The influence of regulation on liquidity: from problem to solution
The Covid-19 crisis has highlighted that financial stress events can occur with little prior warning and may have longer-lasting consequences than past crises. The crash of 2008 saw banks unable to achieve liquidity which led to them contributing to much of the economic stress. Now, regulation such as the countercyclical capital buffer moving to zero has allowed them to pivot, shoring up a much more stable position from which to provide much needed capital relief, and instead, be part of the solution. The response around the world to slow the spread of Covid-19 has significant implications for economic output and will almost certainly cause a severe recession in most economies.
Some potential implications for the financial sector include:
· A longer “lockdown” approach which will risk bringing a deeper and longer-lasting recession.
· A negative impact on bank treasury and asset-liability management (ALM) desks and how balance sheet risk is managed.
· Banks may have more liquidity and capital than before, but they must be mindful as to how large the debt may be when corporate and retail customers default.
· As banks deplete capital reserves now, they will need to rebuild them over time resulting in a lengthy road to recovery.
As a result, banks will focus on supporting the customer franchise. The lockdown approach has already impacted certain types of retail and SME customers: the self-employed, those on zero-hour contracts, SMEs dependant on social interaction (leisure, entertainment, etc.) and the export market, more severely than others.
Banks must remain mindful of customer requirements during the crisis whilst considering their ability to repay debt and credit facilities lent to them; credit cards, loans and overdrafts for example. The question here is which customers are in real need, and how will banks steer and prioritise support for them?
Adrian Sargent, Founder and Managing Director of ESG Treasury observes:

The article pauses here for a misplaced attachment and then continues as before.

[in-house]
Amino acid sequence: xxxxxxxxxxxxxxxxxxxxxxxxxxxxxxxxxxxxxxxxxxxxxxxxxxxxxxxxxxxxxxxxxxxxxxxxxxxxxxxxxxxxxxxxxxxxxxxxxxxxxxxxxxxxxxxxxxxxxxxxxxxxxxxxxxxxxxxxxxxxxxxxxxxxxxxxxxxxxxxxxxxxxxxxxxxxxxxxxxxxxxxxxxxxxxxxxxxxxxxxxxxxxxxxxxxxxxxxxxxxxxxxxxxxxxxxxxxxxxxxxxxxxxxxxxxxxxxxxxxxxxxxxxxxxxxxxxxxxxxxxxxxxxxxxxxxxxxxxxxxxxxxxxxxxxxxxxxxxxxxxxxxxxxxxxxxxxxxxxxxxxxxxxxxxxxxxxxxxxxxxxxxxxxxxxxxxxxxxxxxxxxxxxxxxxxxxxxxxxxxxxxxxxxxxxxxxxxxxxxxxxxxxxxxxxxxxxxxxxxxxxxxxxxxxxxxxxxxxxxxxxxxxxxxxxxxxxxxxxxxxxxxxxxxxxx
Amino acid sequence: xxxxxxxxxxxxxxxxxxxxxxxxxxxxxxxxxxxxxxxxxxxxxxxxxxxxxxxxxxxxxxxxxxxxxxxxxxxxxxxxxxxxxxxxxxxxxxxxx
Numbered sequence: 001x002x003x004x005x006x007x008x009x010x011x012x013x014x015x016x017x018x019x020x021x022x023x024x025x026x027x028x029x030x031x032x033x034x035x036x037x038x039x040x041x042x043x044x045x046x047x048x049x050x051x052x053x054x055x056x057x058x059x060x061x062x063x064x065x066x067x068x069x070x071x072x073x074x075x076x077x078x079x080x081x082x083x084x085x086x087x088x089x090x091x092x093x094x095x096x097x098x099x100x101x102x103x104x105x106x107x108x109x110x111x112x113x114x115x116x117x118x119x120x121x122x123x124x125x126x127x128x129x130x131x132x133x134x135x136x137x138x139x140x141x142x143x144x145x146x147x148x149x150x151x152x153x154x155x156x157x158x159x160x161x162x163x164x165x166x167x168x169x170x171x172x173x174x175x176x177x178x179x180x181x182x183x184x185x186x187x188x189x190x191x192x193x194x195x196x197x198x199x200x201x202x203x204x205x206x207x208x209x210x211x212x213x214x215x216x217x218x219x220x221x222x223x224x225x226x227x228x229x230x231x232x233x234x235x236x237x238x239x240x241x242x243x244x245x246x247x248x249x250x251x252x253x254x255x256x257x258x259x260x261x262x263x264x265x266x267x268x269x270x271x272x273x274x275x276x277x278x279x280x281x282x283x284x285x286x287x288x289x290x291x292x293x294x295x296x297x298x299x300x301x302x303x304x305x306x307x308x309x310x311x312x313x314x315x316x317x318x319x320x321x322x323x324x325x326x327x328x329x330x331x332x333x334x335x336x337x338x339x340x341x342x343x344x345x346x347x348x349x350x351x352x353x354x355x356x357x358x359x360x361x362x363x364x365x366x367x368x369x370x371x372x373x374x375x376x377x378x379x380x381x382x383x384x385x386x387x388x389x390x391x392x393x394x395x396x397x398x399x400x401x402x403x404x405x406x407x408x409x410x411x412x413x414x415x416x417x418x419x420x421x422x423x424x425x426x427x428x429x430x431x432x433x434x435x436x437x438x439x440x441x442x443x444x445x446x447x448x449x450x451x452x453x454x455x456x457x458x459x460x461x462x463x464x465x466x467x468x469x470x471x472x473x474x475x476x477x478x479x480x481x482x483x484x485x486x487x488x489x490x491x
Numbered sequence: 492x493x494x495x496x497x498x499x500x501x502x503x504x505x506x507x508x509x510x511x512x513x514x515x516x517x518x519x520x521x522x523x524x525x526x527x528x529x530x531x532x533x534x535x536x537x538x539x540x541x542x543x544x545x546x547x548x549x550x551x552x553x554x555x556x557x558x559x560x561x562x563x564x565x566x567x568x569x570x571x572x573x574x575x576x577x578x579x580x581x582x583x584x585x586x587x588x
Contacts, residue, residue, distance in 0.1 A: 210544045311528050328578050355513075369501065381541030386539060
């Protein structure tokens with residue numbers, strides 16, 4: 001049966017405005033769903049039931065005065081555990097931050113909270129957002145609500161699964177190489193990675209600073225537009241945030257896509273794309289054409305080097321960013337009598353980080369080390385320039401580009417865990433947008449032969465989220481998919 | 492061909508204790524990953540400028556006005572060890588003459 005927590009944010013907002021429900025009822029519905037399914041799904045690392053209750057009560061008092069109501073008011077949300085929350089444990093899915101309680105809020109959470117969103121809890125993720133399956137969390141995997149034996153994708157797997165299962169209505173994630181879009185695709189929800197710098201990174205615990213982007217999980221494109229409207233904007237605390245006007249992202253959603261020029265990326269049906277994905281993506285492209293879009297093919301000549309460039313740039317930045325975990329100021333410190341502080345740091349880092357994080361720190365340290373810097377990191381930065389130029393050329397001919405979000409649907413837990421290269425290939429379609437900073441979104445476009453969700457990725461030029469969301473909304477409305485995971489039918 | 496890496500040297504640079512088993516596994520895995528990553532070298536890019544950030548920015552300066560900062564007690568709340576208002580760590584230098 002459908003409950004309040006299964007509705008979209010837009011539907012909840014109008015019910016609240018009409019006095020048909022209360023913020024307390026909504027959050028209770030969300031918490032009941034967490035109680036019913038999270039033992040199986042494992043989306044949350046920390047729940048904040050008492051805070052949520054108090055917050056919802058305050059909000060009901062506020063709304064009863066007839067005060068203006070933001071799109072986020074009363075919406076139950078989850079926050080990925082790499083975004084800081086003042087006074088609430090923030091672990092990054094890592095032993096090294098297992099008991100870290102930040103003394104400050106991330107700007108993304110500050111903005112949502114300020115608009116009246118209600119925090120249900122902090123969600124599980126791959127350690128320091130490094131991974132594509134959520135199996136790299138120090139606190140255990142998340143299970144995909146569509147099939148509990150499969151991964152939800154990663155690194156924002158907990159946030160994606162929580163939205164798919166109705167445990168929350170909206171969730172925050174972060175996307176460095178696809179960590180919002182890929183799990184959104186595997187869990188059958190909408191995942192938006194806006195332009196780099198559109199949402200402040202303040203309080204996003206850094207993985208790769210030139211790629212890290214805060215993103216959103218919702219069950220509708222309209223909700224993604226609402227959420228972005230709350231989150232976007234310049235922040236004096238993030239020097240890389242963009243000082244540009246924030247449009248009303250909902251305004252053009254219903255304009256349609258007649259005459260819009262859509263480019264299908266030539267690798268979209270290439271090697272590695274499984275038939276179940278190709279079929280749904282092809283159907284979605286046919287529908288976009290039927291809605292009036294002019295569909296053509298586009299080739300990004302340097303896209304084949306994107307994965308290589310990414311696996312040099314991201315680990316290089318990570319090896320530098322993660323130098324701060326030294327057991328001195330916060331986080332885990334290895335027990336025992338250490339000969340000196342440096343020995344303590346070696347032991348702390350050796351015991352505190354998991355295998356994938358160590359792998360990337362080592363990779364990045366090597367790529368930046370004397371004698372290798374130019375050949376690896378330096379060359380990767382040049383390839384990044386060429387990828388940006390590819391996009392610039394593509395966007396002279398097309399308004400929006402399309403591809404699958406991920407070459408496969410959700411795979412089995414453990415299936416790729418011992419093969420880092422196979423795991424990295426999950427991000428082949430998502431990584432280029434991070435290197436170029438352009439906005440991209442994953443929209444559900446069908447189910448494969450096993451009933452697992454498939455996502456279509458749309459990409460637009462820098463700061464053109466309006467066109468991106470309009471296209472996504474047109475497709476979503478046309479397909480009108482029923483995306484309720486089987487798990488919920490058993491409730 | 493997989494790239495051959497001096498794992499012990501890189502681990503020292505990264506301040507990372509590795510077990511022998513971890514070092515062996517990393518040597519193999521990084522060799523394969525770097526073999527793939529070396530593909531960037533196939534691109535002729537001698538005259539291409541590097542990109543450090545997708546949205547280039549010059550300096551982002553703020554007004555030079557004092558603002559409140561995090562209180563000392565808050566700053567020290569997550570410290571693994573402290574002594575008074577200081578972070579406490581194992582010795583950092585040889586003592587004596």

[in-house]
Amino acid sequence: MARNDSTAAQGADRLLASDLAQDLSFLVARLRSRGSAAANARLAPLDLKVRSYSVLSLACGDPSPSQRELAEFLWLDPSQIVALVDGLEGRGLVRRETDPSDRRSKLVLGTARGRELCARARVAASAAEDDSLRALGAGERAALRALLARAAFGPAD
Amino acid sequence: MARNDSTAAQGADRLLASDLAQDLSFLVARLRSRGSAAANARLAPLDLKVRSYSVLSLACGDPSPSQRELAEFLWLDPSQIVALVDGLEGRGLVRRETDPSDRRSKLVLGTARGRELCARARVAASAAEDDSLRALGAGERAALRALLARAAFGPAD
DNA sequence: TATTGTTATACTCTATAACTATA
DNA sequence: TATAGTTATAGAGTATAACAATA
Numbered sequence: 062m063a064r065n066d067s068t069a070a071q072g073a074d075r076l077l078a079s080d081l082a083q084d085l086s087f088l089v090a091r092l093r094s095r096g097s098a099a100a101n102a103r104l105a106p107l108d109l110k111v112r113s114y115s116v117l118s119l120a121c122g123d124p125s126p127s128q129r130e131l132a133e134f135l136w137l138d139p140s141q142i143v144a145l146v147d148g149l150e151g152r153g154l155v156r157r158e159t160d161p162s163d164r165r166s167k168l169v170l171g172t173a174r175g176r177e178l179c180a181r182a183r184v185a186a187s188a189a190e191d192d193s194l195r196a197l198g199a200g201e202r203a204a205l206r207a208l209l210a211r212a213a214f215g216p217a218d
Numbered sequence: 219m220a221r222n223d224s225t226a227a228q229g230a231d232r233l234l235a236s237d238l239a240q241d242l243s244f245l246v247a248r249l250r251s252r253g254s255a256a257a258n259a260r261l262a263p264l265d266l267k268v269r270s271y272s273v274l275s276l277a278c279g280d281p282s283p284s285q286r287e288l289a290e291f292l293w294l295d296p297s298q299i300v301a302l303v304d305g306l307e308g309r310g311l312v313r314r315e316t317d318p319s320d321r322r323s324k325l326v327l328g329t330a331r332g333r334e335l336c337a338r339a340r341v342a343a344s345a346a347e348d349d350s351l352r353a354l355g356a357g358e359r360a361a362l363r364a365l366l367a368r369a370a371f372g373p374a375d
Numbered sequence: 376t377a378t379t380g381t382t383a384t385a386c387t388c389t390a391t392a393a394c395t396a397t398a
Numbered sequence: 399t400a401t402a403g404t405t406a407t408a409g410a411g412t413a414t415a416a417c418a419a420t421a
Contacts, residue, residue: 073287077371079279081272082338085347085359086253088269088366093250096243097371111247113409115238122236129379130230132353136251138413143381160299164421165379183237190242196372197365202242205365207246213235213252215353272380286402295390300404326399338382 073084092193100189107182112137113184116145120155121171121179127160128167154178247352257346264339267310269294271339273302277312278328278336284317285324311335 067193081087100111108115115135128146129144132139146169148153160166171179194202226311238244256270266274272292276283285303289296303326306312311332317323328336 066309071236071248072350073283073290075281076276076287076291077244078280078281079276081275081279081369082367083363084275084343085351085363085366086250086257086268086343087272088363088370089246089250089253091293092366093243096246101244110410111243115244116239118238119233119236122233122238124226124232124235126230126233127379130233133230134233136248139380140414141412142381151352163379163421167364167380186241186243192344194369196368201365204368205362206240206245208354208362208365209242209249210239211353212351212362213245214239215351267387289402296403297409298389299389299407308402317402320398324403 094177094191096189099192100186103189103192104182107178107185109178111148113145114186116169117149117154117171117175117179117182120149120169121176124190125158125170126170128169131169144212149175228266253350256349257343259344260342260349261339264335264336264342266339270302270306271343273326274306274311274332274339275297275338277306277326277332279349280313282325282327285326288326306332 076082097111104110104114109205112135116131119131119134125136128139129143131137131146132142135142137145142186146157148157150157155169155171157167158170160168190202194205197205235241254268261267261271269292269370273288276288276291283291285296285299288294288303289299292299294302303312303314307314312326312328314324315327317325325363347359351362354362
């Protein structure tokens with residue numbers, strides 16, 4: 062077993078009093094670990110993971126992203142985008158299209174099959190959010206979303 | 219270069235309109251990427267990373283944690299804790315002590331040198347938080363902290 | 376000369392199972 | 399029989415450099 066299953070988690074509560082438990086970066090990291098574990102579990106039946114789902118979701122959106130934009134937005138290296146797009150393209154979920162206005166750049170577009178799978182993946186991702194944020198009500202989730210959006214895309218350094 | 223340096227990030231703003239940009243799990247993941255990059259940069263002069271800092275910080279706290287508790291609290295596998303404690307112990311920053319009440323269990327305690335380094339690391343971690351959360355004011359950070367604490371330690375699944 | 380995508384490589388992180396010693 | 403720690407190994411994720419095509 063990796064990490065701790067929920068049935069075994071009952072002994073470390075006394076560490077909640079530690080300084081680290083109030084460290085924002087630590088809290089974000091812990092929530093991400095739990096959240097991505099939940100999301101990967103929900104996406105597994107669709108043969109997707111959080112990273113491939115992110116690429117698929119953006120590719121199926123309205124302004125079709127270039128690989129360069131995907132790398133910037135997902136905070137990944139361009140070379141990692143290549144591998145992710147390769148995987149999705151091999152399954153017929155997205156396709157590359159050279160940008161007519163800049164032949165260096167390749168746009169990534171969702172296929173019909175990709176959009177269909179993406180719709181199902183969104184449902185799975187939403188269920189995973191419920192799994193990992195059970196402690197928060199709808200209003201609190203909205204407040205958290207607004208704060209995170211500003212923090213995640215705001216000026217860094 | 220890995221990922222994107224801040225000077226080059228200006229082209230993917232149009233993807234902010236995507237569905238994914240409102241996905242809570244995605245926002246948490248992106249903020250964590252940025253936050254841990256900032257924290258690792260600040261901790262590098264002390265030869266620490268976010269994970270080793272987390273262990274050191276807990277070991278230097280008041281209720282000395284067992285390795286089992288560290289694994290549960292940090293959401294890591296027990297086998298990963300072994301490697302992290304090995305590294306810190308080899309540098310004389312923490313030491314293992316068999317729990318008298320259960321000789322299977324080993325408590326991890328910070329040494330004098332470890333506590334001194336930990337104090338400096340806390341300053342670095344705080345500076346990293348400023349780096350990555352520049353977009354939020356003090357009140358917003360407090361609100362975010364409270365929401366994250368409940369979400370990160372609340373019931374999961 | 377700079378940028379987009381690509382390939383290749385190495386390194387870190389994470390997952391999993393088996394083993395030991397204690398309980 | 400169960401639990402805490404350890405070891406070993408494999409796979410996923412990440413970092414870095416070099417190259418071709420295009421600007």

“Having been at HBoS, specifically as the Treasury lead in Group Strategy, this stress is different in many ways but similar in so many others. It shows stress can come from any sector and places firms, financial institutions and individuals under strain.
Thankfully banks are now better capitalised and have greater liquidity buffers than during the financial crisis, but the risk still exists in terms of the depth, length and severity of the impending recession. Bank of England stress testing shows banks have sufficient reserves of capital and liquidity to cope with the current stress… but we don’t know what the future holds.
Frequent review of balance sheet structure is key whilst balancing customer needs. Indeed, cash and liquidity have been important for banks, as corporate’s stress scenarios and liquidity reserves are being tested now.
There may be many lessons the corporate world can learn from the formal, and some may say prescriptive, way banks are forced to complete their own stress tests.”
Lessons learned from the past would recommend banks hold extraordinary asset-liability committee (ALCO) meetings as often as required to monitor the balance sheet position, assess emerging stress scenarios and implement management actions as necessary.
The role of the bank’s asset-liability committee (ALCO) is paramount during this time for two key reasons: guiding the customer-facing relationship managers on what support can be made available, and recommending to the Board any temporary adjustments to the risk appetite limits for capital and liquidity risk metrics. “Cash is king” in this environment, not only for balance sheet management but also to enable adequate funding of operational issues (utility bills, salaries, etc). Therefore, the liquidity book should be optimised to cash as far as possible.
Credit risk on any unsecured portion of loans and hence loss provision, erode capital buffers. IFRS9 allows a forward view of credit provision, but in a crisis and at the bottom of the market, the provisions will be higher. This leads to the questions of how many will have capital constraints or when will they hit?
The ability to respond positively and proactively to customer needs is paramount as this current crisis is showing significant implications for all banking customers. Banks are now seeking to support their customer franchise as much as possible which in turn will support the economy and society in coming months.